Van der Hulle T et al. Simplified diagnostic management of suspected pulmonary embolism (the YEARS study): a prospective, multicentre, cohort study. Lancet. 2017; 390:289-297. PMID: 28549662
Wells’ scores help stratify patients suspected of having a pulmonary embolism, enabling a more selective use of CTPA. Wells’ has been recommended and shown to be safe and accurate, but it’s complexity and differences in clinical practice cause many physicians to skip the algorithm and go straight to advanced imaging. There is evidence of increasing imaging use with diminishing diagnostic rate (<10%). This leads to overdiagnosis of subsegmental PEs, increased radiation exposure, and increased false positive results. This study aims to present a simplified algorithm for evaluation with a two-tiered D-dimer threshold to safely reduce the number of CTPA imaging performed
Prospective cohort study conducted in 12 hospitals across the Netherlands in consecutive hemodynamically stable patients with suspected acute pulmonary embolism from October 5th, 2013 until July 9th, 2015. In these patients, the algorithm was applied by evaluating the presence of the 3 YEARS items: clinical signs of DVT, hemoptysis, and was pulmonary embolism most likely diagnosis, and the result of a quantitative D-dimer test. In patients with no YEARS items and D-dimer <1,000, pulmonary embolism was excluded and no CTPA was performed. In patients with one or more YEARS items and D-dimer <500, pulmonary embolism was excluded and no CTPA was performed. All other patients received CTPA.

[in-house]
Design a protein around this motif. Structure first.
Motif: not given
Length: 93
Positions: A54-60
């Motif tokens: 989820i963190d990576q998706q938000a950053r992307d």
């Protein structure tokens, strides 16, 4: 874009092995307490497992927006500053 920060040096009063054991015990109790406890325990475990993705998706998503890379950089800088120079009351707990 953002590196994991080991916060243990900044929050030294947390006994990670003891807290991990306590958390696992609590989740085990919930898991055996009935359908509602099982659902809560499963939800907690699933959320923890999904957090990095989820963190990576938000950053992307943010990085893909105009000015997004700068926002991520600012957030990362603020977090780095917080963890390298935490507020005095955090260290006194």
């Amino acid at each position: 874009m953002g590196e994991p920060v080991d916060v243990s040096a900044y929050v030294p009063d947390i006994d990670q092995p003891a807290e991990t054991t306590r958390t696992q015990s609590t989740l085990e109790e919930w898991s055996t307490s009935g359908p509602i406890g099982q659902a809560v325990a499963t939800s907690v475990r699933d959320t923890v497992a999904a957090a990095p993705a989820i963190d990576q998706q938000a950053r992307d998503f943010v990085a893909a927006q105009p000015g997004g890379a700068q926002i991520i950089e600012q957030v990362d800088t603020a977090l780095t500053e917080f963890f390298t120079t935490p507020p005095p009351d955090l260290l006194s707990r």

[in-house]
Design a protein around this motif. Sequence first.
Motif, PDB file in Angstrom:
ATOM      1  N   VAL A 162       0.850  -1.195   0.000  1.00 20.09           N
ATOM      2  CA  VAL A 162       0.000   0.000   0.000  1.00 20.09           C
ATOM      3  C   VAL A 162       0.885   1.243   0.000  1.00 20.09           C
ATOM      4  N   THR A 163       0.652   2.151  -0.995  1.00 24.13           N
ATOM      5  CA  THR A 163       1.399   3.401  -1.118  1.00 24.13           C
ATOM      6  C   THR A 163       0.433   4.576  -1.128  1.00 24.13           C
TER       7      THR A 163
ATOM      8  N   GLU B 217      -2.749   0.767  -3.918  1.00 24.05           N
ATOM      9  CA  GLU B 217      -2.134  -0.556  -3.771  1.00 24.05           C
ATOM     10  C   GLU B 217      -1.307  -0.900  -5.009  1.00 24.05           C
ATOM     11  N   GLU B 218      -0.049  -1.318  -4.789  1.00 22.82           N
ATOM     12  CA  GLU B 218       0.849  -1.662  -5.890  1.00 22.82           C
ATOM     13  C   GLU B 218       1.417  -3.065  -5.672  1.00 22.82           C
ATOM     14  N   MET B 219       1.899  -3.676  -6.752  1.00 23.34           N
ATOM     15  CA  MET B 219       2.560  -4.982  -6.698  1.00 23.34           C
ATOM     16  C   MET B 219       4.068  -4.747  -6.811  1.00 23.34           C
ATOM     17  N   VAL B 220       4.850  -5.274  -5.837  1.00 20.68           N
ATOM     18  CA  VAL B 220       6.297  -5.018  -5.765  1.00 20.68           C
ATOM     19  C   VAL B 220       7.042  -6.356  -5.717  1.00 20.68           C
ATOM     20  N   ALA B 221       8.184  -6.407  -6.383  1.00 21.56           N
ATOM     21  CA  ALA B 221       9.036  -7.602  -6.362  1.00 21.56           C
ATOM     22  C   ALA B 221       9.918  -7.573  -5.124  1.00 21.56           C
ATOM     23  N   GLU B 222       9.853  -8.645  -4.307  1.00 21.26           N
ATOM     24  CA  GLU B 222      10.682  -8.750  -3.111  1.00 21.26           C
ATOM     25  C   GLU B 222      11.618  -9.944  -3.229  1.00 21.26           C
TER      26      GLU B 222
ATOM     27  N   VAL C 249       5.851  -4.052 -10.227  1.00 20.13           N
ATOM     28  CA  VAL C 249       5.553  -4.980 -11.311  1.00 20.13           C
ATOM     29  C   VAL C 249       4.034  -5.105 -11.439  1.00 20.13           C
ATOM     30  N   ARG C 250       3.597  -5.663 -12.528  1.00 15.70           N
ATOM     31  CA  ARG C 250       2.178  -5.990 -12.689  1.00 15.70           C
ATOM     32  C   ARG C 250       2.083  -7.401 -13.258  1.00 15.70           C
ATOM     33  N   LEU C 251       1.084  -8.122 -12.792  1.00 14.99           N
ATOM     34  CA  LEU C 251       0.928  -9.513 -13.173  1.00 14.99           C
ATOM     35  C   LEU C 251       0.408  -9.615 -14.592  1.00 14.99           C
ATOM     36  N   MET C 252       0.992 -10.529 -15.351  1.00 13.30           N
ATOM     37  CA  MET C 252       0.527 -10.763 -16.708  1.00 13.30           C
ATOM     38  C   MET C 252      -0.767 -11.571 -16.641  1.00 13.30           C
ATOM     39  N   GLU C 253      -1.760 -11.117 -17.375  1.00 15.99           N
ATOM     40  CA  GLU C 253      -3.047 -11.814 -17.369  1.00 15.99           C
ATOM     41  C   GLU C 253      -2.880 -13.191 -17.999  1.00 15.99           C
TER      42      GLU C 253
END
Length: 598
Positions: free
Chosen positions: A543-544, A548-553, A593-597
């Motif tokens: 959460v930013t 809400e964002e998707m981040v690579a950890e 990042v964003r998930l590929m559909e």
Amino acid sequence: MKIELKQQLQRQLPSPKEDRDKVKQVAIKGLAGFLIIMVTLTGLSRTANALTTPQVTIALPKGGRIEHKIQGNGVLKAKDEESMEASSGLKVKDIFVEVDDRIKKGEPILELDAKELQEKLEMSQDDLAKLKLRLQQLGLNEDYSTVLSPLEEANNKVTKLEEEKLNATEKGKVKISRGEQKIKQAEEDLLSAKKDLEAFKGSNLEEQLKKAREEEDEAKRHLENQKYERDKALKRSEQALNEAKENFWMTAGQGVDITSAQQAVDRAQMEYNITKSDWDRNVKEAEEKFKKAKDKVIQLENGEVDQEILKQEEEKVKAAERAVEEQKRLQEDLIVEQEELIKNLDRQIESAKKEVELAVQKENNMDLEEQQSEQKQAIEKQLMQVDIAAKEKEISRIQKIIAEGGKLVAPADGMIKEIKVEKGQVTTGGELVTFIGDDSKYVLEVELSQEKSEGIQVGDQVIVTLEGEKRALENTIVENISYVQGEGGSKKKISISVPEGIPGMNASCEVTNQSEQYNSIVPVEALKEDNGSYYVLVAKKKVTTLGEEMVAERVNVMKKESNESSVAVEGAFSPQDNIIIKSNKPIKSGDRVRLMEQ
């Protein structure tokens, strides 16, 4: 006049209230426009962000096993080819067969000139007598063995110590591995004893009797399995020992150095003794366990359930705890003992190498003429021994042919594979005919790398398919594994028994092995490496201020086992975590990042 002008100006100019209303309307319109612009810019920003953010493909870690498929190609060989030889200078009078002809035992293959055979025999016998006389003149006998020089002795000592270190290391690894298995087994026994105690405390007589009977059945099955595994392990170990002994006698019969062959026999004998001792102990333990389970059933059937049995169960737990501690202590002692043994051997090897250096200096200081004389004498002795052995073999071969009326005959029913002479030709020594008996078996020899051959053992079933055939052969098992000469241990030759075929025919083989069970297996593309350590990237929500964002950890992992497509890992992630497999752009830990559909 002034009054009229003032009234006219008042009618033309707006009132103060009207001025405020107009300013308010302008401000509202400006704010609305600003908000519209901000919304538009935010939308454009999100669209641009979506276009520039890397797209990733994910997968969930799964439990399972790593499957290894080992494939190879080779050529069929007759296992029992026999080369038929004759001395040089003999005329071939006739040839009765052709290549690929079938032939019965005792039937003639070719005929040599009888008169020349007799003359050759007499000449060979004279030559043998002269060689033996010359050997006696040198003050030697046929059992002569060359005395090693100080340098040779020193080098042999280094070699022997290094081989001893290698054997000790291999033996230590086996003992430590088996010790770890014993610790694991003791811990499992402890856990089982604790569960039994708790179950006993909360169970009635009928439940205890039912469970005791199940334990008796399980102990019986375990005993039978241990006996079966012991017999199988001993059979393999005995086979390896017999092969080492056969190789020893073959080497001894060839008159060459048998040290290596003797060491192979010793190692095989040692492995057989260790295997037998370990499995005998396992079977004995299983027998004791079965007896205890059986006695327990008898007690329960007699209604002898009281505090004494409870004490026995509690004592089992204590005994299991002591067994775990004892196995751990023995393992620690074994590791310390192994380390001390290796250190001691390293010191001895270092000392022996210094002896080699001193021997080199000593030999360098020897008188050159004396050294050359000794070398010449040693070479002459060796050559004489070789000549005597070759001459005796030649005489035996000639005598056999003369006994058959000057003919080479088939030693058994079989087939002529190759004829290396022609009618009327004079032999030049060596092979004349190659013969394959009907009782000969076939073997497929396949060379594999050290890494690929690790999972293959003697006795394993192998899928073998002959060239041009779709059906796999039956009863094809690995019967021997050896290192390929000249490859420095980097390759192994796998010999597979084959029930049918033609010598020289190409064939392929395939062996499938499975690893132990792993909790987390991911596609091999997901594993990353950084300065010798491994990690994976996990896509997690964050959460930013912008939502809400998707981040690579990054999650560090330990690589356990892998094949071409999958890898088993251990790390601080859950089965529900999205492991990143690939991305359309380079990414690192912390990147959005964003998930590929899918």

When compared to Wells’ Score with a D-dimer cutoff of 500 ng/mL, the YEARS algorithm reduced CTPA by 14%. In this study, 2,946 patients were ruled out for pulmonary embolism using the YEARS algorithm. Of the 1,629 patients who were ruled out without the use of CTPA, 7 had symptomatic VTE during the 3 month follow up period, 2 of which were fatal. 1,317 patients were managed with CTPA and of those patients, 11 had symptomatic VTE during the 3 month follow up period, 4 of which were fatal.
When using the YEARS algorithm, knowledge of the D-dimer results likely influences the already subjective assessment of whether PE was the “most likely diagnosis”. Furthermore, the applicability of this algorithm is limited by the fact that the study population had a higher prevalence of pulmonary embolism than that observed in North American cohorts. Currently, Wells’ is still the preeminent algorithm in the workup of pulmonary embolism and and efforts should be directed towards consistently using it where indicated.